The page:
The Fannie and John Hertz Foundation, a nonprofit organization dedicated to empowering the most promising innovators in science and technology, has announced the 2023 Hertz Fellows, and this new class of 15 remarkable doctoral students in applied science, engineering and mathematics includes Illinois chemistry alum Phil Kocheril (BS, '21).
By funding their graduate studies for five years, Hertz Fellowships provide each new fellow the freedom to tackle some of the most significant challenges facing our nation and the world today. Their research promises to improve human health, usher in advances in artificial intelligence and quantum technologies that redound to the greater good, yield a deeper understanding of our universe, contribute to our economy, and strengthen our national security. We project such outcomes with confidence based on the collective accomplishments of the more than 1,200 Hertz Fellows whose ranks they are joining.
There's a unique character to Hertz Fellows — curious, self-aware — they have a fire in their bellies and a desire to share their research,” says Stephen Fantone, chair of the Hertz Foundation Board of Directors. “For over two centuries, incredible achievements have emerged from the values fostered in this country and the synthesis of intellectual minds. The Hertz Foundation today plays an integral part in driving such innovation by enabling the freedom to innovate and helping these extraordinary scientists and engineers realize their potential.”
Currently a doctoral student in physical chemistry at the California Institute of Technology, Philip Kocheril seeks to use advanced spectroscopic techniques to characterize the photophysical dynamics of biochemical systems. Kocheril’s twin interests in chemistry and jazz developed early and continued into his undergraduate studies at the University of Illinois at Urbana-Champaign (UIUC). Kocheril started doing research as a high school student and continued during his undergraduate studies in chemistry at Illinois, working in the labs of Professor Benjamin McCall and Professor Steven Zimmerman on infrared spectroscopy, organic synthesis and computational modeling projects.
Phil Kocheril credits his older brother, fellow Illinois chemistry alum Stephen Kocheril (BS, '16), as the person who most inspired him on his path to becoming a scientist. Phil said his first exposure to chemistry research in a lab was with his brother when Stephen was an undergraduate at UIUC.
"That was my first exposure to research, and I have been hooked ever since," Phil said (in the video interview below).
As an undergraduate student, Phil Kocheril was active in the UIUC jazz program, holding the solo trumpet chair in the UIUC Concert Jazz Band, and being the only non-music major in the trumpet studio of Professor Tito Carrillo. An avid composer with diverse musical influences, Kocheril has written over 50 original compositions to date, one of which, “Up the Down Staircase,” was featured on Carrillo’s new album, “Urbanessence.” He was a Barry M. Goldwater Scholar and the first to receive the Astronaut Scholarship at UIUC.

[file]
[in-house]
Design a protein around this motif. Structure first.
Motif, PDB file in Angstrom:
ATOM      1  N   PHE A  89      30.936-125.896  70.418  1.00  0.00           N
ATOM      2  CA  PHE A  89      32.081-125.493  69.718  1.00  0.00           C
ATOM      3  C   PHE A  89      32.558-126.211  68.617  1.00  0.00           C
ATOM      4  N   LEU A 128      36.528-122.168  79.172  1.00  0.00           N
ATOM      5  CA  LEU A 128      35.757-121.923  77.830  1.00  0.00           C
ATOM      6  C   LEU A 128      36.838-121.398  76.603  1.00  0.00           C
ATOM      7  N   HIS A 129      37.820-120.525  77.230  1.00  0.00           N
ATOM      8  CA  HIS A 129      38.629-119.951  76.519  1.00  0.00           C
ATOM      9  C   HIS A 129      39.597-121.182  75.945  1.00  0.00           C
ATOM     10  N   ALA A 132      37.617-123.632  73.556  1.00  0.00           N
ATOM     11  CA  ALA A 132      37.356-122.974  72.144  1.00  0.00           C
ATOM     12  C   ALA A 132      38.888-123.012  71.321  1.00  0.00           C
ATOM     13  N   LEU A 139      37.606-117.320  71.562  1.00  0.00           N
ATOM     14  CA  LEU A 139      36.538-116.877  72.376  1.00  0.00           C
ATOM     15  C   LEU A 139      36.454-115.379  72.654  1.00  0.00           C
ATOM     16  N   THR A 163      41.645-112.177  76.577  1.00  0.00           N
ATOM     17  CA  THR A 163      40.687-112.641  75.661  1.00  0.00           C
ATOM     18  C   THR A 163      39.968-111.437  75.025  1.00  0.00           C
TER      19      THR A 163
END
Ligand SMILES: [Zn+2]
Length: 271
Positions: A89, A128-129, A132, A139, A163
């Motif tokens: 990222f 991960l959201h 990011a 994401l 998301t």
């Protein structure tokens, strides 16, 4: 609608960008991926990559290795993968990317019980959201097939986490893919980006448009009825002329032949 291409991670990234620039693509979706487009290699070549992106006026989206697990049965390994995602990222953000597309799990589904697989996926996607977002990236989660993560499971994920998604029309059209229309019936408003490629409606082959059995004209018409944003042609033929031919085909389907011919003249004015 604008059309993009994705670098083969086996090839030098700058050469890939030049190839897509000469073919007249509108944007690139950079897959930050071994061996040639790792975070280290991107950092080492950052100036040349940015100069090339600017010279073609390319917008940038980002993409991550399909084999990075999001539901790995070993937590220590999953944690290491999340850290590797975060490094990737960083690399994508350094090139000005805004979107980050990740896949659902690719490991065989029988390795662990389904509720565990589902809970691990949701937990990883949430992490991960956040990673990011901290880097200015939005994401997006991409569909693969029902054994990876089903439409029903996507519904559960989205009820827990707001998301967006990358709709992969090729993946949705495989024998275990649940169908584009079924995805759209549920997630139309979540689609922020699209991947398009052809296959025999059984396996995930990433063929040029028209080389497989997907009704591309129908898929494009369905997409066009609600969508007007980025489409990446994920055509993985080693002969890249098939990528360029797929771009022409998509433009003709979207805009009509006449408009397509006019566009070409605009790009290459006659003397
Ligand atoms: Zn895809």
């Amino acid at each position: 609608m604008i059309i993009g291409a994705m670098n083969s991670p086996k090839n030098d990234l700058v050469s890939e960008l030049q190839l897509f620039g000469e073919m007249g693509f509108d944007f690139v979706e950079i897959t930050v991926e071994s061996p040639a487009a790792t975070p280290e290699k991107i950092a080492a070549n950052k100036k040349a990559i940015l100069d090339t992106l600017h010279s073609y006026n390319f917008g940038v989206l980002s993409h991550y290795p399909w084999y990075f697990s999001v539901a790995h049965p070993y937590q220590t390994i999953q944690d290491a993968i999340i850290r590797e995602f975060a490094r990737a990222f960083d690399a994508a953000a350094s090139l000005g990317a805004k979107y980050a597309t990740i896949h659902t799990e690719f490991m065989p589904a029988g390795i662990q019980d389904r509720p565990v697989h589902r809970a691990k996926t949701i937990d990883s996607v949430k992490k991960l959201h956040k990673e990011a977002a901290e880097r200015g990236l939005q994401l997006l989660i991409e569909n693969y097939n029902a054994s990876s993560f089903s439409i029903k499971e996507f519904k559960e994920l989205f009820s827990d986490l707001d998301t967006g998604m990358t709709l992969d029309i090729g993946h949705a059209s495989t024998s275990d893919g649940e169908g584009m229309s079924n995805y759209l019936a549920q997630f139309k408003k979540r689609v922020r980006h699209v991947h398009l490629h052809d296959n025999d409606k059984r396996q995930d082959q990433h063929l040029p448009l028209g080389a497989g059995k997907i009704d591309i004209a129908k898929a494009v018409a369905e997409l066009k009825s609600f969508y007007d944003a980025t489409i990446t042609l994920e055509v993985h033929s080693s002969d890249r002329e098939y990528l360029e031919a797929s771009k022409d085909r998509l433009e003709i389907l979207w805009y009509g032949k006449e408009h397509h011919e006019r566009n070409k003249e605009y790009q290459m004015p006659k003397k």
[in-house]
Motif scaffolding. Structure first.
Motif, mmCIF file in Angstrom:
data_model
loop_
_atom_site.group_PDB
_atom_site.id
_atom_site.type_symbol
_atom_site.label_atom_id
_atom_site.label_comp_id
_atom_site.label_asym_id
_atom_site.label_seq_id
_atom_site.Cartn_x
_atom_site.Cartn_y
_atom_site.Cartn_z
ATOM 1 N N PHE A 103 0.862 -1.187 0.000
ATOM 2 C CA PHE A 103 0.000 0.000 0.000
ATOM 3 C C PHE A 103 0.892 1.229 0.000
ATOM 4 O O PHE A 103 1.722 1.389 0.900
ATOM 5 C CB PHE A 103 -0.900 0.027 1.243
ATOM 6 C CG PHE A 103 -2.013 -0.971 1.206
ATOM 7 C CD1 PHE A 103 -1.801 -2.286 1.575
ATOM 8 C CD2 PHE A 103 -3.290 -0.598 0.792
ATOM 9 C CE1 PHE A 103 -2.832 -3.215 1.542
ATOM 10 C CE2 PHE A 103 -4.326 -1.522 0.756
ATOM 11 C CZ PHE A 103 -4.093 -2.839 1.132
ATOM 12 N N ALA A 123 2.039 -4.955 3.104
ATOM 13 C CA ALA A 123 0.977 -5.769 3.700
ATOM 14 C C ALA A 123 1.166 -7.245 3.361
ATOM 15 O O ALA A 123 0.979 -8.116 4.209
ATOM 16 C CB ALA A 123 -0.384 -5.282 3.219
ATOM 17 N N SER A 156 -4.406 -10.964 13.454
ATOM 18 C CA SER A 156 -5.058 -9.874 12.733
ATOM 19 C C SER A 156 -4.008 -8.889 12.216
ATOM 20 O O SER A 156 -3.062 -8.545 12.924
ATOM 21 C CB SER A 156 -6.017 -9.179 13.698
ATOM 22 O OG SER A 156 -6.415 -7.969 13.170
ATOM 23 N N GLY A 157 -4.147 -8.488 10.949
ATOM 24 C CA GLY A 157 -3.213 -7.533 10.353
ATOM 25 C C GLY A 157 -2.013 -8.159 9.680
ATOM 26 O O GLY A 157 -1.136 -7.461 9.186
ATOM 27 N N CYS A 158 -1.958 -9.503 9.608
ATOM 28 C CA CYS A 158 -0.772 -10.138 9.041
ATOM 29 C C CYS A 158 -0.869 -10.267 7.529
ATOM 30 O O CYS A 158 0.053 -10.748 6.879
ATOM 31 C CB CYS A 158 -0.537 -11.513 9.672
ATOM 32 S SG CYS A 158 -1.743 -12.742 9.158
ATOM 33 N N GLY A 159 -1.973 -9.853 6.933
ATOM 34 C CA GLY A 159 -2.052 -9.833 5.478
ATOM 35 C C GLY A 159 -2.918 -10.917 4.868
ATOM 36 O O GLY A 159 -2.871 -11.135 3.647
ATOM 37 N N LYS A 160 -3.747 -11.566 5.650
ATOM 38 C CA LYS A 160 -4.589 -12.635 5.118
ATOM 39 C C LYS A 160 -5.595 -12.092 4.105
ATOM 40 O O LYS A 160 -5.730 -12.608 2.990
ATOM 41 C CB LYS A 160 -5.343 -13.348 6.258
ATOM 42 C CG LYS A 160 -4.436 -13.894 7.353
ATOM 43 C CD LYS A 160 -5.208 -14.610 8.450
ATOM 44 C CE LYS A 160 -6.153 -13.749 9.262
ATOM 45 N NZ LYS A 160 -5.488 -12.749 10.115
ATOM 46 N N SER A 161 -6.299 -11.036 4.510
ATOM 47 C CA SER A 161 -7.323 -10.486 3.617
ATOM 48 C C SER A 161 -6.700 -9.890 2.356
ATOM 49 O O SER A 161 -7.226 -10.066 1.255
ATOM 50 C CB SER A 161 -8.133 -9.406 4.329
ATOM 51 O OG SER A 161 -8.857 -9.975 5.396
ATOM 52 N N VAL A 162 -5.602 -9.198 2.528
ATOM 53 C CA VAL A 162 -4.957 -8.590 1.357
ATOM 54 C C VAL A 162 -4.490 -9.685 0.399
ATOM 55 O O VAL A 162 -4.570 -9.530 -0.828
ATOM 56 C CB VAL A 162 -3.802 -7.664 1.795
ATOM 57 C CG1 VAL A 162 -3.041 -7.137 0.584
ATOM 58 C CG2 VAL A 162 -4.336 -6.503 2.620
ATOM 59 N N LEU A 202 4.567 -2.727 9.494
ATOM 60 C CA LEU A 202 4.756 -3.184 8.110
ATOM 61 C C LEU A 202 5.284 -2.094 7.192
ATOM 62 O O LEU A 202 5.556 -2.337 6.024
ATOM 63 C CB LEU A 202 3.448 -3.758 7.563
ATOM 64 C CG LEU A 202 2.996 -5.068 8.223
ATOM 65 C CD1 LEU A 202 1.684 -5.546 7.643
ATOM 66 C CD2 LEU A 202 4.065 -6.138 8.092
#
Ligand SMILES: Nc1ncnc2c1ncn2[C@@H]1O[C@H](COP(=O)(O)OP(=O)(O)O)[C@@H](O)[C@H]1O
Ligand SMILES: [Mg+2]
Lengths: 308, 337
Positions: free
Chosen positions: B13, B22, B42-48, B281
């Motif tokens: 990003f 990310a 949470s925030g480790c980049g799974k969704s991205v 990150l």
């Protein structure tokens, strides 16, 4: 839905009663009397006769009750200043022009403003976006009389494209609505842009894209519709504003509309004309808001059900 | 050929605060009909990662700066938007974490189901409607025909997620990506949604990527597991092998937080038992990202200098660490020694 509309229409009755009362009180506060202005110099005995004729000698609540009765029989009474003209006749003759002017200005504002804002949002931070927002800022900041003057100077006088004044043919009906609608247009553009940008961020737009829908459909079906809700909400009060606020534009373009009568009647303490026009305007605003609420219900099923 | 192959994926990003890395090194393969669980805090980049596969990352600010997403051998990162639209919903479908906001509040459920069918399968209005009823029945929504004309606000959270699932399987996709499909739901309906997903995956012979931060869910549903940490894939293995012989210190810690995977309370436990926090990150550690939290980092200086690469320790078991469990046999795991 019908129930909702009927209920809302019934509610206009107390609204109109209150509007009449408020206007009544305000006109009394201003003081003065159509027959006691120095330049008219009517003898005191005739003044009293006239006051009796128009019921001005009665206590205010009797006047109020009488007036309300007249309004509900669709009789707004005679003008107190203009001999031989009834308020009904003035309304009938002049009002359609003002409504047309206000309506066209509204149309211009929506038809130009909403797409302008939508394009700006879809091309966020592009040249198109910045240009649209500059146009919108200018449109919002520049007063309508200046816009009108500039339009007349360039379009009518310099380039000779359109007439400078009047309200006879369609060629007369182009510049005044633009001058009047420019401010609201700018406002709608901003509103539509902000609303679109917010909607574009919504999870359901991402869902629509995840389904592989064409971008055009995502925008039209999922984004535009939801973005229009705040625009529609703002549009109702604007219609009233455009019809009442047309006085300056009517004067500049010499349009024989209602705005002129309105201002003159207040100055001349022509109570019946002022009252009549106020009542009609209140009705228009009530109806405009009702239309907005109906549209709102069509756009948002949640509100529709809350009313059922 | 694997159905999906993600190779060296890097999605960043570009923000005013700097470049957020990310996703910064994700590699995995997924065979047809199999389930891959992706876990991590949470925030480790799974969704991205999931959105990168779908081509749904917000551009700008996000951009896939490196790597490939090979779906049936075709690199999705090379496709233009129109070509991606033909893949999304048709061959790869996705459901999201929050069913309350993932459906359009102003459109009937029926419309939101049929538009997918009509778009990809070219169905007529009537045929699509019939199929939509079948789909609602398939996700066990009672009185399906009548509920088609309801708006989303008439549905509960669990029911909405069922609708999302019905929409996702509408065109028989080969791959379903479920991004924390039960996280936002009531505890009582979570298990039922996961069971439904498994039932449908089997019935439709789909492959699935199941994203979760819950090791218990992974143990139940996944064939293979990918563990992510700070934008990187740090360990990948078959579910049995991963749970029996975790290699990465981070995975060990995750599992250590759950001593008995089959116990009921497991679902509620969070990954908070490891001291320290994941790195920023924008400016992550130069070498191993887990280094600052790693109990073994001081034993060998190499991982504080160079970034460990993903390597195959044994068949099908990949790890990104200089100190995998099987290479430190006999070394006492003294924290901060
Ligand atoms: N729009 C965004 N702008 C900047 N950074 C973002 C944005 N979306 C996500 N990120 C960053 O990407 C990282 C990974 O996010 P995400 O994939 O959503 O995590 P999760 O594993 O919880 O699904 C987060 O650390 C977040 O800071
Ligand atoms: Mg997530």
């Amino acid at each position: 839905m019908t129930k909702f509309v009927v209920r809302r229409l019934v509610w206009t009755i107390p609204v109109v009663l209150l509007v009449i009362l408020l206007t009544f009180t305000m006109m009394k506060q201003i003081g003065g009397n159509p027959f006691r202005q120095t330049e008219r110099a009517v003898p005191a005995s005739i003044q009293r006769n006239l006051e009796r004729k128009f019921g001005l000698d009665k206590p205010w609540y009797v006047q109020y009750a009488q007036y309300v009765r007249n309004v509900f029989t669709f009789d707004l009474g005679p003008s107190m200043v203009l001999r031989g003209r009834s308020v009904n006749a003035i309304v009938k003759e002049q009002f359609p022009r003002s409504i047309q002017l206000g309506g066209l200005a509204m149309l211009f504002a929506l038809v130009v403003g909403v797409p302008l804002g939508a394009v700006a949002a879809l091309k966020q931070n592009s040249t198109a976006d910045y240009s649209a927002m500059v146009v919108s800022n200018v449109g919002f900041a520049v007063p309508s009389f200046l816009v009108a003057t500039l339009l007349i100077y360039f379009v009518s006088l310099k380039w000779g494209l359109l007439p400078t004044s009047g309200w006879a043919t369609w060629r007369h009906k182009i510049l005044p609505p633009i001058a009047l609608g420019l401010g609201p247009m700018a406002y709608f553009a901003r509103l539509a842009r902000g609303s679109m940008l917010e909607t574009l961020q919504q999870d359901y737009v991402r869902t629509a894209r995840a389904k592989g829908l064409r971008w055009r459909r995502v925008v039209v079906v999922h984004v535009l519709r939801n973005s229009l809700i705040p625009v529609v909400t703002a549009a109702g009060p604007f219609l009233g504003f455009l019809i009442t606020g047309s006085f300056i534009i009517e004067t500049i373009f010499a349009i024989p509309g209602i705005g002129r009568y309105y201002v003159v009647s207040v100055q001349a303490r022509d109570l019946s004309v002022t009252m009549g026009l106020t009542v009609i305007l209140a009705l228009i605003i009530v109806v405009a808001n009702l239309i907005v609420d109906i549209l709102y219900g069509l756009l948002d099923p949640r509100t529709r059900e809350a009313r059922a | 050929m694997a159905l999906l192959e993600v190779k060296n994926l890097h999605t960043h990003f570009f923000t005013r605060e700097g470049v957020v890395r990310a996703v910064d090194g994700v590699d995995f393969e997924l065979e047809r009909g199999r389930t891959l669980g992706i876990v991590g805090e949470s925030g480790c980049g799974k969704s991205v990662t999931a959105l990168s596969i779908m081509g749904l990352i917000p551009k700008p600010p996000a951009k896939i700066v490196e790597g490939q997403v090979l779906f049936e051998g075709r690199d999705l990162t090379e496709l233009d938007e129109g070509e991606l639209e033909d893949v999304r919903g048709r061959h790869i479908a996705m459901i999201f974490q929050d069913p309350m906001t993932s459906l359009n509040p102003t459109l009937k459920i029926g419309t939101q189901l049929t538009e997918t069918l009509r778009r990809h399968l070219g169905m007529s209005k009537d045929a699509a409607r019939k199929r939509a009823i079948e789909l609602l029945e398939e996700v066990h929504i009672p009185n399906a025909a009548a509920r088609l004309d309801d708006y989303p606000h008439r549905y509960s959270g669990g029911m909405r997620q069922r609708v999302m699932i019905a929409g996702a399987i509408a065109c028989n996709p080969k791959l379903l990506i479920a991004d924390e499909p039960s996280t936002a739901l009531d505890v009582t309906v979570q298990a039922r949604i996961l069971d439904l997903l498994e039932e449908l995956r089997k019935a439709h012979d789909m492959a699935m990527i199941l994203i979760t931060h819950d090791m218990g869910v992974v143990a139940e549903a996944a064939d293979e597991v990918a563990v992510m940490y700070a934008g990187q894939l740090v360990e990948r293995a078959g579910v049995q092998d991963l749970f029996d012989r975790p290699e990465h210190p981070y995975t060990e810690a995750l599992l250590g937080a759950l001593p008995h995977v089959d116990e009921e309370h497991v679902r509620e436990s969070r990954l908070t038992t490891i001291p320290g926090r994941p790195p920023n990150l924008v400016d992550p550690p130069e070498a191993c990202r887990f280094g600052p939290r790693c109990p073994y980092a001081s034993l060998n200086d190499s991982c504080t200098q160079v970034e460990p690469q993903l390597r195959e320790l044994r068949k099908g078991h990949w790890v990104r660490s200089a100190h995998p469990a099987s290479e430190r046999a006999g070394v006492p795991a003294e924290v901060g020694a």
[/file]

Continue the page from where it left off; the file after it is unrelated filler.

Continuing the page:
After graduating from UIUC in 2021 with a bachelor’s in chemistry and minor in music, Kocheril developed biosensor assays and instrumentation, and studied lipoprotein biophysics as a post-bachelor’s student in the Physical Chemistry and Applied Spectroscopy Group at Los Alamos National Laboratory. He is also a National Science Foundation Graduate Research Fellow. Outside of research and coursework, Kocheril enjoys reading, cooking and playing games with friends.
Hertz Fellows comprise a true, multi-generational community of dedicated scientists, a unique engine for professional development and collaboration. That collaboration has borne significant fruit. Among past recipients are Nobel laureate John Mather, a NASA astrophysicist and project scientist for the James Webb Space Telescope; Kimberly Budil, director of Lawrence Livermore National Laboratory; Nathan Myhrvold, founder and CEO of Intellectual Ventures, founding director of Microsoft Research, and former chief technology officer at Microsoft; Kathleen Fisher, deputy office director for the Defense Advanced Research Projects Agency Information Innovation Office; and neuroscientist Ed Boyden of the Massachusetts Institute of Technology, who is developing optogenetic technologies to understand and treat brain conditions such as Parkinson’s disease and Alzheimer's disease.
The rigorous and proven selection process for fellows — interview-based and unlike any other fellowship’s process — is led by Philip Welkhoff, Hertz Fellow and Hertz board director and director of the malaria program at the Bill & Melinda Gates Foundation. The aim of the Hertz Fellowship selection process: identify doctoral students with the extraordinary creativity necessary to tackle problems others can’t solve.
“A Hertz Fellowship not only provides catalytic support during one’s graduate career; being awarded a fellowship welcomes fellows into a community that can accelerate impact for a lifetime,” says Welkhoff. “The innovation, creativity, deep and connected knowledge, grit and determination, and ambition to make an impact displayed by this cohort stand out and promise great things for the years to come. We are all excited to see the advances they develop over their careers that will drive progress across so many areas of endeavor, resulting in new scientific knowledge, new technologies, and strengthened national security.”